My ultimate goal is to stay connected with family and friends who do not live close. Following a close second, is documenting these precious early years of my life as a mother. Finally, it's my way of trying to connect to other people. In my dream world, I'd quit my day job, become a professional photographer, and blog about it all day after spending my mornings with my kids, running, and eating copious amounts of avocado. Shoot for the stars, because even if you miss, you hit the moon on the ride back...err, it's something like that. (Y'all know I don't quote. I "paraphrase.")

3) What is your favorite article of clothing?
Yoga pants and unitards. (Okay, I just had to add the last one in the 11th hour before I know this is scheduled to post...Amy will understand.)

4) What is your favorite blog that you read?
Not fair; that's like Sophie's Choice! Honestly, I enjoy reading blogs of those with whom I have a personal relationship with (I think we call those "friends?"). You know, not the ones I stalk.

5) Facebook or Twitter?
Snail mail. (Okay, okay, Facebook).

6) What is something that currently challenges you?
Tying my shoes. Having patience. Feeling like I am doing a good job as a mom.

7) Paper calendar or electronic?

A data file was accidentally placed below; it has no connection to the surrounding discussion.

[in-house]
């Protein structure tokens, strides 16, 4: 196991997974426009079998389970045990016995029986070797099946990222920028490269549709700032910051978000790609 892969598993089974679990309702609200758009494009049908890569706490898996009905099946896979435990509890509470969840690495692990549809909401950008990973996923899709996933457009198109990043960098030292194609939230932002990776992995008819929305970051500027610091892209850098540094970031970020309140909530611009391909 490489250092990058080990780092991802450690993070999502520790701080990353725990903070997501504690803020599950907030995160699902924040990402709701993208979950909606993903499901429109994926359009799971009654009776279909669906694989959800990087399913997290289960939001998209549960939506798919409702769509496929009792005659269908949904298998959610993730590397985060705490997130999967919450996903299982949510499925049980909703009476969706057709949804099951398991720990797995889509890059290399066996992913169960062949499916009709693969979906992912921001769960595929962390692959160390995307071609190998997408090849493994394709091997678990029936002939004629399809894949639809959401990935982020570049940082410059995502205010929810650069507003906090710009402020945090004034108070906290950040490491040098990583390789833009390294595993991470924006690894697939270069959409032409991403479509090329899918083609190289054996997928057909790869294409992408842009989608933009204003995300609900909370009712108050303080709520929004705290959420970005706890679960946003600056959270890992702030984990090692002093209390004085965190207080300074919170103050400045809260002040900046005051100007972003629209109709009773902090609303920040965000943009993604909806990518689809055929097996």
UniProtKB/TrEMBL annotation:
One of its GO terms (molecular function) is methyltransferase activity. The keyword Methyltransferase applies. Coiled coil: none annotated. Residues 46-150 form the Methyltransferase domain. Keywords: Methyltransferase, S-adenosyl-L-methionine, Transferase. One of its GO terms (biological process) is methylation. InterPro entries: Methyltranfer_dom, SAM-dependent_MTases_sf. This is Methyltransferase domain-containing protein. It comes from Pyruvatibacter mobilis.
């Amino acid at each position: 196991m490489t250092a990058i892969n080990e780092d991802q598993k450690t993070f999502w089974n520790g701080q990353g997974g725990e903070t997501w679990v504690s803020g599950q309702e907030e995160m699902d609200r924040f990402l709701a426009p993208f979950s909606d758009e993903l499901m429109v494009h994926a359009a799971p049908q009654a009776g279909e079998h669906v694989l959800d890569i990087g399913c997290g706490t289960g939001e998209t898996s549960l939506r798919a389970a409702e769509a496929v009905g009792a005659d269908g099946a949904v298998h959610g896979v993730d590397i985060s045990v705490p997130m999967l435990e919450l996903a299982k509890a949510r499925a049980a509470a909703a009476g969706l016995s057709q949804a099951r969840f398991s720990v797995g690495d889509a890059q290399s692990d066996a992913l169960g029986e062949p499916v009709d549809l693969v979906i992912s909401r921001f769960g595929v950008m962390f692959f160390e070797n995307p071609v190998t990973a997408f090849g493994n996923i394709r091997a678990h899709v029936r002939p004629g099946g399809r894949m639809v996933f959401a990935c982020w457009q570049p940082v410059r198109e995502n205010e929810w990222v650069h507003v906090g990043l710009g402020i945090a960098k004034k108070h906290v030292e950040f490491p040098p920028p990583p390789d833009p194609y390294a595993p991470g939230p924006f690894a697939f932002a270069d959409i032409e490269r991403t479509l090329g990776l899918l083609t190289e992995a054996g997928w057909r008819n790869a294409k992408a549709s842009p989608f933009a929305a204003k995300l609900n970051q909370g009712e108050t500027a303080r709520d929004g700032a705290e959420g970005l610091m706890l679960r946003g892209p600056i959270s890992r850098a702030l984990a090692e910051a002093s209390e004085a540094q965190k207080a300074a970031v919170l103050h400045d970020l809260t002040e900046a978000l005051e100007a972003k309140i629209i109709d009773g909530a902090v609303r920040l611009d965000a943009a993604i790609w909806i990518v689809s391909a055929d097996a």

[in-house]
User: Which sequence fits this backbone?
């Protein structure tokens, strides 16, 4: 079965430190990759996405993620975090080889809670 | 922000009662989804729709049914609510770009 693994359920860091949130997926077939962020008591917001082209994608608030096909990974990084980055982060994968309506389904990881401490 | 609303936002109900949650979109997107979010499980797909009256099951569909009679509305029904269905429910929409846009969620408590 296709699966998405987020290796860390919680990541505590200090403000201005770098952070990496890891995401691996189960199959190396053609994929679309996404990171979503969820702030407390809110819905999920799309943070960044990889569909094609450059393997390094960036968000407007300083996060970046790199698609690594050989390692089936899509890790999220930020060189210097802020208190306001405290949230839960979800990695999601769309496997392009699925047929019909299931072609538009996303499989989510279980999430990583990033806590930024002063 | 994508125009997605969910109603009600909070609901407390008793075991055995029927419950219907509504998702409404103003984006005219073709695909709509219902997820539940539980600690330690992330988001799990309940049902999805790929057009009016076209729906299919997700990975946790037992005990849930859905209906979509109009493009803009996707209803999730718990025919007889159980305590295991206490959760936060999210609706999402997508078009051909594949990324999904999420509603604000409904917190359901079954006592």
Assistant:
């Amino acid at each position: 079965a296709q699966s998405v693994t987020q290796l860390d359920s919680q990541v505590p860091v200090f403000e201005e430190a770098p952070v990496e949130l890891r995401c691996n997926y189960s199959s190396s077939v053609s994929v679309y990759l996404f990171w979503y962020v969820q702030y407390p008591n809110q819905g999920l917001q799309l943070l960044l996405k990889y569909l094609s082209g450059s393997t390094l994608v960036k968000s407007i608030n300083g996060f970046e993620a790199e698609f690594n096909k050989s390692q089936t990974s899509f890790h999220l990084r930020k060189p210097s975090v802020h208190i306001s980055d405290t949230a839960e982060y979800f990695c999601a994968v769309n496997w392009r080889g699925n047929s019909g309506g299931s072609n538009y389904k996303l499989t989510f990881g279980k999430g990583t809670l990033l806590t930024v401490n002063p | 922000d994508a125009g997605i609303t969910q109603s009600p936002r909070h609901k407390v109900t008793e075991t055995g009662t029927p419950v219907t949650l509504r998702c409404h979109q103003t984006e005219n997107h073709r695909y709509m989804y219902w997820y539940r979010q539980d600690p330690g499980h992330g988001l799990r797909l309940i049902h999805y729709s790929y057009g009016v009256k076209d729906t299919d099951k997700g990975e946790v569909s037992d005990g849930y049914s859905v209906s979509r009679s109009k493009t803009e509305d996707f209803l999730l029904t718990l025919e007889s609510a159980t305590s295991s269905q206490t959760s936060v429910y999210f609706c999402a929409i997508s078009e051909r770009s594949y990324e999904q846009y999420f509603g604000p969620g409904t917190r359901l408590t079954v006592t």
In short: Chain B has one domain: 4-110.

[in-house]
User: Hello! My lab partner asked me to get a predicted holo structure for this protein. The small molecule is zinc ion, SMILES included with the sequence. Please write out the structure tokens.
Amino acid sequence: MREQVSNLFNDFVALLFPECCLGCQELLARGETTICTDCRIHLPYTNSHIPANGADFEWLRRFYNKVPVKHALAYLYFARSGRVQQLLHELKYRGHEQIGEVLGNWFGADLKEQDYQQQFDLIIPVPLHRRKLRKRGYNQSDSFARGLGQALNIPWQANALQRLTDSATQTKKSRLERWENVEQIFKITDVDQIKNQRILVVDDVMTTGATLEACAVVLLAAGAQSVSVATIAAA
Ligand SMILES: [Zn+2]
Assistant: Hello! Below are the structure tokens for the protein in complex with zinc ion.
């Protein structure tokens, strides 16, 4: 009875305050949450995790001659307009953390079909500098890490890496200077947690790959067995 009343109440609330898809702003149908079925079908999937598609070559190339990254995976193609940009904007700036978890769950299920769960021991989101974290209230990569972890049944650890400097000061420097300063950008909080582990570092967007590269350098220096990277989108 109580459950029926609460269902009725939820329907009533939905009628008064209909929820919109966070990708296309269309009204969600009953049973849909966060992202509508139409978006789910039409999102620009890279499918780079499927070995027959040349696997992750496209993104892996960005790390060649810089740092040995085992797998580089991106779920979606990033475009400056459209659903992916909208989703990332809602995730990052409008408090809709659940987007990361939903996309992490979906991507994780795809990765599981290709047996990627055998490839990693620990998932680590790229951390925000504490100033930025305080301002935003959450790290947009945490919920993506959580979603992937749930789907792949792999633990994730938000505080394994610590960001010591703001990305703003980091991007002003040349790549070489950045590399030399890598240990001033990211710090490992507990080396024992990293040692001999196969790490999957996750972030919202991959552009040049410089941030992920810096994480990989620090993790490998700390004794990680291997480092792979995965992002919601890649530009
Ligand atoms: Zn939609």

No question: paper

8) What is your favorite cosmetic?
BareMinerals pressed bronzer. It's amazing.

9) As a child, what did you want to be when you grew up?
In kindergarten, I wanted to be a bus driver. My parents then gave me the salary scale and knew at a young age I couldn't drive stick or parallel park, so I started looking more toward actor or doctor. You know, saving lives or playing someone on TV who saves lives.

10) What is one of your goals for 2013?
Honestly, run a half marathon PR after I have this baby. Realistically? Run 13.1 miles without walking. Oh, and reducing envy.

***
And now I present to you my nominations! This was hard because pretty much all of the blogs I follow have 400+ followers. So these may, in fact, have far more than 300 readers, but I went by any official "members" posted on your sidebar, or just selected you because I like you and you *don't* have any "members" posted so I convinced myself you qualify.